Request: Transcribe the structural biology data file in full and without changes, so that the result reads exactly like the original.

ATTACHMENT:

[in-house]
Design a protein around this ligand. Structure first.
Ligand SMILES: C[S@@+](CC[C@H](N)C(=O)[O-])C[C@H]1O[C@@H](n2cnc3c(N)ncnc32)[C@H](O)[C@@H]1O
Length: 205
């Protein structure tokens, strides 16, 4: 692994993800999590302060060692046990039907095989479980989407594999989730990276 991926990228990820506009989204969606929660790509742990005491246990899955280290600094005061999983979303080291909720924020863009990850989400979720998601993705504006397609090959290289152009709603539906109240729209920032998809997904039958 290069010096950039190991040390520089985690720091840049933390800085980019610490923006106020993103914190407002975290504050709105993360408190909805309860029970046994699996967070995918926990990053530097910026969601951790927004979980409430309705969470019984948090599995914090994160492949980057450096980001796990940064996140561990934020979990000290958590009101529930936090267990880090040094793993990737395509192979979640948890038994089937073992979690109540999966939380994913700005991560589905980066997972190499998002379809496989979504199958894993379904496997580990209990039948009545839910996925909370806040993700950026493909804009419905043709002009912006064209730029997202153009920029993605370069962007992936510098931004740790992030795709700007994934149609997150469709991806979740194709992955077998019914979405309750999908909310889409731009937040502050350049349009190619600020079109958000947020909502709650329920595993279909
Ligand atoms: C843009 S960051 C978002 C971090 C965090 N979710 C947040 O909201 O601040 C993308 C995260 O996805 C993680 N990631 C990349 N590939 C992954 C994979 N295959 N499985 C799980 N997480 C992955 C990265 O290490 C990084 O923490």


[in-house]
Design a protein around this ligand. Structure first.
Ligand SMILES: C[S@@+](CC[C@H](N)C(=O)[O-])C[C@H]1O[C@@H](n2cnc3c(N)ncnc32)[C@H](O)[C@@H]1O
Length: 205
């Protein structure tokens, strides 16, 4: 692994993800999590302060060692046990039907095989479980989407594999989730990276 991926990228990820506009989204969606929660790509742990005491246990899955280290600094005061999983979303080291909720924020863009990850989400979720998601993705504006397609090959290289152009709603539906109240729209920032998809997904039958 290069010096950039190991040390520089985690720091840049933390800085980019610490923006106020993103914190407002975290504050709105993360408190909805309860029970046994699996967070995918926990990053530097910026969601951790927004979980409430309705969470019984948090599995914090994160492949980057450096980001796990940064996140561990934020979990000290958590009101529930936090267990880090040094793993990737395509192979979640948890038994089937073992979690109540999966939380994913700005991560589905980066997972190499998002379809496989979504199958894993379904496997580990209990039948009545839910996925909370806040993700950026493909804009419905043709002009912006064209730029997202153009920029993605370069962007992936510098931004740790992030795709700007994934149609997150469709991806979740194709992955077998019914979405309750999908909310889409731009937040502050350049349009190619600020079109958000947020909502709650329920595993279909
Ligand atoms: C843009 S960051 C978002 C971090 C965090 N979710 C947040 O909201 O601040 C993308 C995260 O996805 C993680 N990631 C990349 N590939 C992954 C994979 N295959 N499985 C799980 N997480 C992955 C990265 O290490 C990084 O923490």